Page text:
WASHINGTON, D.C. (September 5, 2017)—In the Bible, King Ahab’s palace is called an “ivory house” (2 Kings 22:39). We know from other Biblical passages that Ahab—and successive kings of the northern kingdom of Israel—ruled from Samaria. Ahab’s father, King Omri, had established Samaria as his capital and built an elaborate palace there in the ninth century B.C.E. In his lifetime, King Ahab further adorned the palace with intricately carved ivories.
Archaeology has uncovered some of these ivories, as well as the palace itself. Rupert Chapman—formerly of the British Museum, London—examines the Israelite kings’ palace at Samaria in his article “Samaria—Capital of Israel,” published in the September/October 2017 issue of Biblical Archaeology Review. According to the archaeological remains of this structure and textual clues from the Bible, Chapman identifies the palace as a bit hilani, a kind of palace popular in the northern Levant during the Iron Age.
Chapman explains that the “word bit means ‘house,’ and the word hilani means ‘window’ (in Hebrew). Thus a bit hilani must feature one or more windows.” Chapman believes that the bit hilani’s window referred to a “Window of Appearances” above the palace’s entrance. From this window, kings and queens would show themselves to the people standing below. This is akin to what the royal family still does from Buckingham Palace’s balcony.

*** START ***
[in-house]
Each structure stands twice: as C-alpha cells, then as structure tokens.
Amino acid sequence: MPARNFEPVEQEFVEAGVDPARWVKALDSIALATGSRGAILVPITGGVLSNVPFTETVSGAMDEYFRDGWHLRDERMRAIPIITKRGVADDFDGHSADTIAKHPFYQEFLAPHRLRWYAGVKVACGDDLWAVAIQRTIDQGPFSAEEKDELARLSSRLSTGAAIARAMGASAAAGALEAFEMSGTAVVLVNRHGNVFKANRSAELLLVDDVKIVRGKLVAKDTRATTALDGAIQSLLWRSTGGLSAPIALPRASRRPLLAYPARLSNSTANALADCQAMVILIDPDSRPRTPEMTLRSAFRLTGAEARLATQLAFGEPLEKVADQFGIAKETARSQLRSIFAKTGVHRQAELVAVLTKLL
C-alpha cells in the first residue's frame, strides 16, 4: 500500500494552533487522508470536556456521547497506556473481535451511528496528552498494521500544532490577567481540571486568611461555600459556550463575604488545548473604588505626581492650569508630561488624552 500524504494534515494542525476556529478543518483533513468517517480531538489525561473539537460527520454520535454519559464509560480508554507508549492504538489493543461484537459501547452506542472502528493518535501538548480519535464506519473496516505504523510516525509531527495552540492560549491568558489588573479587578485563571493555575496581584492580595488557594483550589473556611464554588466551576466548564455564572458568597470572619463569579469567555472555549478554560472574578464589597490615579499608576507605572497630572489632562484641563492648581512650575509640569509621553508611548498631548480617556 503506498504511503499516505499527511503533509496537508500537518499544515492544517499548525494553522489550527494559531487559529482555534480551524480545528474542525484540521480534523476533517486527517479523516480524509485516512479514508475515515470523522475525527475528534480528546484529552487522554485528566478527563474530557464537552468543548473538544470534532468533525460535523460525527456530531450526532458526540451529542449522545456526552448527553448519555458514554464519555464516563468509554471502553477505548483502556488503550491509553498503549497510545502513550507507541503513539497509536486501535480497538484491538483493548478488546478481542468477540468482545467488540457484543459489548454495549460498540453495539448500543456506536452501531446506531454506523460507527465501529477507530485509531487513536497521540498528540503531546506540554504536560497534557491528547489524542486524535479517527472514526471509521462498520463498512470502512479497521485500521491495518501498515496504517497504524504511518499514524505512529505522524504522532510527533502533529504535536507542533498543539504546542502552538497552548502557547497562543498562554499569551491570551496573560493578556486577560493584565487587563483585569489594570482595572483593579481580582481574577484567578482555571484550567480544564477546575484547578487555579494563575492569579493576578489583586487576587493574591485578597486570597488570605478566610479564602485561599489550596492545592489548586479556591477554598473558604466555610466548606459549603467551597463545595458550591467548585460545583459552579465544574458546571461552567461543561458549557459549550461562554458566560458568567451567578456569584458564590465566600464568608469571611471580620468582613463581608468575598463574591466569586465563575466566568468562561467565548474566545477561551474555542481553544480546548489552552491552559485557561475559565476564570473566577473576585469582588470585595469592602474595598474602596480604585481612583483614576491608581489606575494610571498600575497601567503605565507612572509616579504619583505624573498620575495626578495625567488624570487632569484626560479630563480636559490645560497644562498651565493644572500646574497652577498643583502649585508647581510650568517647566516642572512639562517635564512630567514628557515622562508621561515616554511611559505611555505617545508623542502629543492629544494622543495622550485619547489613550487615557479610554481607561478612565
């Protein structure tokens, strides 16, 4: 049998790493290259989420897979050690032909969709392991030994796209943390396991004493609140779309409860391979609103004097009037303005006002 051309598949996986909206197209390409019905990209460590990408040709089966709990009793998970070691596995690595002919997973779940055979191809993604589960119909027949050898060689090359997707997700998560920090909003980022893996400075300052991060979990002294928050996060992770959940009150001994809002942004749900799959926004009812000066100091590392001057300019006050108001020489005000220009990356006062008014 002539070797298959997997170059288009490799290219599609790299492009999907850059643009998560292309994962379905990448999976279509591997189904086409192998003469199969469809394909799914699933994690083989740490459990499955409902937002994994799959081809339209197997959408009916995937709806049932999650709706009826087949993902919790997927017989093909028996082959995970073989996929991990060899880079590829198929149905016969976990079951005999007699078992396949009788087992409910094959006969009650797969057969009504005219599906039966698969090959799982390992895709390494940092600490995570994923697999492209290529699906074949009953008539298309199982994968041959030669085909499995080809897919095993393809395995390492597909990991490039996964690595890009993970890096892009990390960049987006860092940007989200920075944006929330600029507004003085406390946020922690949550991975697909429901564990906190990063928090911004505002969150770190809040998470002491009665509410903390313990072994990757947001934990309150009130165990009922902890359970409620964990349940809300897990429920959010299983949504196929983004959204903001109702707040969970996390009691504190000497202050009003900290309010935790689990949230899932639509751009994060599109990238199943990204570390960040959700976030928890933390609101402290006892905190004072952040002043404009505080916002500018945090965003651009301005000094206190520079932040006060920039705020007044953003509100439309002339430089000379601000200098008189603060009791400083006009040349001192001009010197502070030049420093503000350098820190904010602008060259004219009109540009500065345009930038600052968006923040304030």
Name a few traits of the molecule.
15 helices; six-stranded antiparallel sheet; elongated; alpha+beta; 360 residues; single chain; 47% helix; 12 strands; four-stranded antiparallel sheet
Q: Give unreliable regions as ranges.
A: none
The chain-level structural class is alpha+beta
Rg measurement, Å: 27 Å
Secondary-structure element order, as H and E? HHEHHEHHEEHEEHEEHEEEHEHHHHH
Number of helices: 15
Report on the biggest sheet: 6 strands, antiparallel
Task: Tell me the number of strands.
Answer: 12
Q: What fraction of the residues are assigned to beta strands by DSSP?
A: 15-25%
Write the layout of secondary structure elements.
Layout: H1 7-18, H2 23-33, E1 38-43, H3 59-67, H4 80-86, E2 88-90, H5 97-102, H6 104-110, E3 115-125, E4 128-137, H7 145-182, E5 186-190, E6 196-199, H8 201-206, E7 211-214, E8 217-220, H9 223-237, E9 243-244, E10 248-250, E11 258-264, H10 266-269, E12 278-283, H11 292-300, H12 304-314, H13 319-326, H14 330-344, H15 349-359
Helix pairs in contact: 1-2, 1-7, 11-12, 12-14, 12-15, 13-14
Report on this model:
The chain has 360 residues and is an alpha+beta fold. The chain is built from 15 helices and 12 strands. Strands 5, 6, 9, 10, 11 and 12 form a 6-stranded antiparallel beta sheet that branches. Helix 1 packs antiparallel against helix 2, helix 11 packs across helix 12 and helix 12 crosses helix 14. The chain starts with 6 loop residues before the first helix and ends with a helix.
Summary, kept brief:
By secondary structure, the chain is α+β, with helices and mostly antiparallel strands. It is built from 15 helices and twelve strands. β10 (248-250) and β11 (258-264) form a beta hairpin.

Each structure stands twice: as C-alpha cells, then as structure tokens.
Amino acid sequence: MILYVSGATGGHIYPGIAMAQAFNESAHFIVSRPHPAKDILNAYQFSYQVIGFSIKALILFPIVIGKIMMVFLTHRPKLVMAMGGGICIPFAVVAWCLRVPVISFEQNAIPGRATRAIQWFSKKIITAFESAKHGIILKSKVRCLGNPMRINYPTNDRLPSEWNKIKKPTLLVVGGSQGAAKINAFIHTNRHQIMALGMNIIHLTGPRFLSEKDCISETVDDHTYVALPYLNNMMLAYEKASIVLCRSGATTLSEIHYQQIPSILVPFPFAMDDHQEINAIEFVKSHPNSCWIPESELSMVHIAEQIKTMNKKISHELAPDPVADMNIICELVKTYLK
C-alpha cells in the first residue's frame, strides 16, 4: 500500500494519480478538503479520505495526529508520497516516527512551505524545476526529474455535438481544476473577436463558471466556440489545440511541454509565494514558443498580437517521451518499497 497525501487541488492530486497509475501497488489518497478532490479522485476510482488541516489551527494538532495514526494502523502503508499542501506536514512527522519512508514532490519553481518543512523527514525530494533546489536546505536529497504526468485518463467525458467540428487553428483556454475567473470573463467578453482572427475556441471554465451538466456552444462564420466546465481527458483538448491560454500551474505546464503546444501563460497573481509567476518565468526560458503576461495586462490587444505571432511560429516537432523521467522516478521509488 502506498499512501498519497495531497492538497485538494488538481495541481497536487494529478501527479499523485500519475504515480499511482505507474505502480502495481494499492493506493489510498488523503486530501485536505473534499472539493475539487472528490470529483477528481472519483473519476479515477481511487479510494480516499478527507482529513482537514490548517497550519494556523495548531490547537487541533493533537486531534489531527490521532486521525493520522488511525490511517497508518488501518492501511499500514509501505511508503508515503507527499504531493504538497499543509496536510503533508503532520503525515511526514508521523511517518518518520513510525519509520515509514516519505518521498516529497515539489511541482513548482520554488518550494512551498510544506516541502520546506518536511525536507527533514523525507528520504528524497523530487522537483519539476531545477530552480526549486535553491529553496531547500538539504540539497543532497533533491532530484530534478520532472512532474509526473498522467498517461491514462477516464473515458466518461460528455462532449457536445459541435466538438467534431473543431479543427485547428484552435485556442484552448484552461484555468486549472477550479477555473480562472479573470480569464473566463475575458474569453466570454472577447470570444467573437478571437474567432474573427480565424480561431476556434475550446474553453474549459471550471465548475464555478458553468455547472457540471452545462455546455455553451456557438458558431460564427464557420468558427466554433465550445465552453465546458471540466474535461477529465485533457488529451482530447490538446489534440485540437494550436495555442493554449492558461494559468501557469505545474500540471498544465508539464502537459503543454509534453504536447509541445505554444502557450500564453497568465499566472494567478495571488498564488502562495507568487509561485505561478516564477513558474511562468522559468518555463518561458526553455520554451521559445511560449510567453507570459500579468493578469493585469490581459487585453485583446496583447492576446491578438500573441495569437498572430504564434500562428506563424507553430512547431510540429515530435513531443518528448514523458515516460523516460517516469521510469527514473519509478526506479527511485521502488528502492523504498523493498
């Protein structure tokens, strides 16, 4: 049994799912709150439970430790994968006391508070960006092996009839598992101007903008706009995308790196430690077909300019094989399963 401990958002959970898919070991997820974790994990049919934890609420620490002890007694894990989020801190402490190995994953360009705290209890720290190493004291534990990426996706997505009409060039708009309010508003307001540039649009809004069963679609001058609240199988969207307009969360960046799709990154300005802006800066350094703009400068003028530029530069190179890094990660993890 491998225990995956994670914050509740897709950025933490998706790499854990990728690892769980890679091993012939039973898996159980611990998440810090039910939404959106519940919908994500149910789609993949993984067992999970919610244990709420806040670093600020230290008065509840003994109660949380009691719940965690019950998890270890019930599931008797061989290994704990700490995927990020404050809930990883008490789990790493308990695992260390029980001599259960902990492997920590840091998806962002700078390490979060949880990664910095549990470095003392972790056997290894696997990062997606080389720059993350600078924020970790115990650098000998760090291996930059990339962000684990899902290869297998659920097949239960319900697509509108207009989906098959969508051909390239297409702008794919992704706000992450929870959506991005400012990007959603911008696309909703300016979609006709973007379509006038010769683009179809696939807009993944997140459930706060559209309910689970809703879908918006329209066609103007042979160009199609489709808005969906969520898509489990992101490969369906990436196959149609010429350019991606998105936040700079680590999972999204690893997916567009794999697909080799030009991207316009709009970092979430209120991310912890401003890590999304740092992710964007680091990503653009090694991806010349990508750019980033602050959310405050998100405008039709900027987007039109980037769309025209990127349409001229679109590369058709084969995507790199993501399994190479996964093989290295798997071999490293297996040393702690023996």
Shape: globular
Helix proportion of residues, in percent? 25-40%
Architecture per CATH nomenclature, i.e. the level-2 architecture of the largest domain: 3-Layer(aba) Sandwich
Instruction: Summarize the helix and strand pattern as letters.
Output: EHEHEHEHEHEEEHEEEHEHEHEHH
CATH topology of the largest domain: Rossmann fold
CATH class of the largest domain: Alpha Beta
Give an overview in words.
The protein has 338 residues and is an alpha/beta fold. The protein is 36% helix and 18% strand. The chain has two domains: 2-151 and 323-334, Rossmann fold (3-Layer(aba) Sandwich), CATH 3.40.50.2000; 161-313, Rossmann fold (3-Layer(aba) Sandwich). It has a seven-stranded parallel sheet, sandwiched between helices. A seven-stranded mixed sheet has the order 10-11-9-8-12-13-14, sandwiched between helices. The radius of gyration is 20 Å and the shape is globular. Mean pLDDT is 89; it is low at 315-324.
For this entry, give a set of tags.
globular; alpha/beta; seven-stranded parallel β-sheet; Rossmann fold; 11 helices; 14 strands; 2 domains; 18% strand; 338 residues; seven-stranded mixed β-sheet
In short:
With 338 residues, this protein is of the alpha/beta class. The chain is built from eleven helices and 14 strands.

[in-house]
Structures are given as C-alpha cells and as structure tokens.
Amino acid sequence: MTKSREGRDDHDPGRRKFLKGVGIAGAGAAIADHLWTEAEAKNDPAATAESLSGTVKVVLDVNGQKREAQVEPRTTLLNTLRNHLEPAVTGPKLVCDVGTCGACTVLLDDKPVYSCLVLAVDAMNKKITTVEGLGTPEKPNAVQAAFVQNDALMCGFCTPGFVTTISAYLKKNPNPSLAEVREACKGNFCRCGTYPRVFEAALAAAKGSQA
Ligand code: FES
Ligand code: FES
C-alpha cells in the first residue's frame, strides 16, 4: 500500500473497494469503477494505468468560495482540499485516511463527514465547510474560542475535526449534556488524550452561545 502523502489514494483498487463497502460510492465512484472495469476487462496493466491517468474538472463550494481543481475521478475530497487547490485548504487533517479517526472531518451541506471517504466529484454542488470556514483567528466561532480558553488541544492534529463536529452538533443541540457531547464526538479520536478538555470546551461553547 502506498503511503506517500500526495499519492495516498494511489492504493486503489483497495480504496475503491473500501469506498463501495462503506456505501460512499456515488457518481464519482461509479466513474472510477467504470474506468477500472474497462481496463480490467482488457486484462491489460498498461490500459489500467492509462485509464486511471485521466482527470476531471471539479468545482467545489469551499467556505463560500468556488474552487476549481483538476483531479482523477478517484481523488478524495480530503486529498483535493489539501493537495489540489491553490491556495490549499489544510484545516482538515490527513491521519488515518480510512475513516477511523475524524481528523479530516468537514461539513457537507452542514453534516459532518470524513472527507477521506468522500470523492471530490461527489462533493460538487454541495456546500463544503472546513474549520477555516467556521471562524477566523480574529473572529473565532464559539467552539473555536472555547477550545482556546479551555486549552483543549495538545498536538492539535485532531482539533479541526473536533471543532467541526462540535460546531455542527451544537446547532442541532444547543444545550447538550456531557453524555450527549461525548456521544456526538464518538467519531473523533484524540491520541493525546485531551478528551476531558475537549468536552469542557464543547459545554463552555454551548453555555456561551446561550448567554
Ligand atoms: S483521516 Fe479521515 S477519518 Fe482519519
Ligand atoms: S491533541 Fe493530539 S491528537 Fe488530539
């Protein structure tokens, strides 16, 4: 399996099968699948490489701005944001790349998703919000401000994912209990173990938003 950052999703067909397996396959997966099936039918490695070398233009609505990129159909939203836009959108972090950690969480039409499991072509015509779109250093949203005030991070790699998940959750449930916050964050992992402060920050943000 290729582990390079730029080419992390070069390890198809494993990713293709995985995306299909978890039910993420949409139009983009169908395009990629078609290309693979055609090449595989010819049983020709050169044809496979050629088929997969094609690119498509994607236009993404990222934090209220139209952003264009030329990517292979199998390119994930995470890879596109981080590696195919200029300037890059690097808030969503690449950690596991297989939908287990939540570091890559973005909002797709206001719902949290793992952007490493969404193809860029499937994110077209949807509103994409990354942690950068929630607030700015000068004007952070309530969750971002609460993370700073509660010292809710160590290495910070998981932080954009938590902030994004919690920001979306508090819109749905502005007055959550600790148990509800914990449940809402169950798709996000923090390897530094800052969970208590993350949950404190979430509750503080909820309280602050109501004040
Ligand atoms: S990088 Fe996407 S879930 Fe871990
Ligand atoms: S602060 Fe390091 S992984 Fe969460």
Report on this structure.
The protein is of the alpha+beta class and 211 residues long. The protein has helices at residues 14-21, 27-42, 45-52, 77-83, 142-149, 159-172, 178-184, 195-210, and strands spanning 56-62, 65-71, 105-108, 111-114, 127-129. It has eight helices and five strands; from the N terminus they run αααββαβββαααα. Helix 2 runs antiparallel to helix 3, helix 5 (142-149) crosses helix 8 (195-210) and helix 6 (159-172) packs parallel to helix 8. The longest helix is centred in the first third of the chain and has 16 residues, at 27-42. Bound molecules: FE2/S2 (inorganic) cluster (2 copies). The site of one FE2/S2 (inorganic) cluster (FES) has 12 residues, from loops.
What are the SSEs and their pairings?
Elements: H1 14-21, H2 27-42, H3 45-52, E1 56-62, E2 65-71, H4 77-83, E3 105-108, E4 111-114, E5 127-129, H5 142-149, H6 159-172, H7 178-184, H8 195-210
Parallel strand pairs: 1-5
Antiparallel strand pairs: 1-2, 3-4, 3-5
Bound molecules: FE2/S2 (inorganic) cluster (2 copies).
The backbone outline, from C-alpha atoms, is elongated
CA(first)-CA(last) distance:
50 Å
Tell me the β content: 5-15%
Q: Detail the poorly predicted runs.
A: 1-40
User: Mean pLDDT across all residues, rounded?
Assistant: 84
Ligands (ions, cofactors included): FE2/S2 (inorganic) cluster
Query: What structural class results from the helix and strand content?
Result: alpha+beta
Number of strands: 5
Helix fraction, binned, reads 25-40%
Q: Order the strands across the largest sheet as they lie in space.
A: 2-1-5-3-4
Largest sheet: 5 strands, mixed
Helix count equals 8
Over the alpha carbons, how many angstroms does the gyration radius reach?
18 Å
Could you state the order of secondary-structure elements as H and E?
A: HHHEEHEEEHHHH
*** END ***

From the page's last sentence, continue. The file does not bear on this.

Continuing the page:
If Chapman’s interpretation is correct, then the Israelite kings’ palace at Samaria is the best example of a bit hilani in the southern Levant. Indeed it may be the only one.
This identification also sheds light on Queen Jezebel’s death as recounted in 2 Kings 9:30–37. When Jezebel (who, at this point, is the widow of King Ahab) hears that Jehu, who had usurped the throne, is approaching the palace, she “painted her eyes, and adorned her head, and looked out of the window” (2 Kings 9:30). At Jehu’s command, Jezebel is thrown from this “window” and killed. Now we can better envision this scene as taking place at a “Window of Appearances.”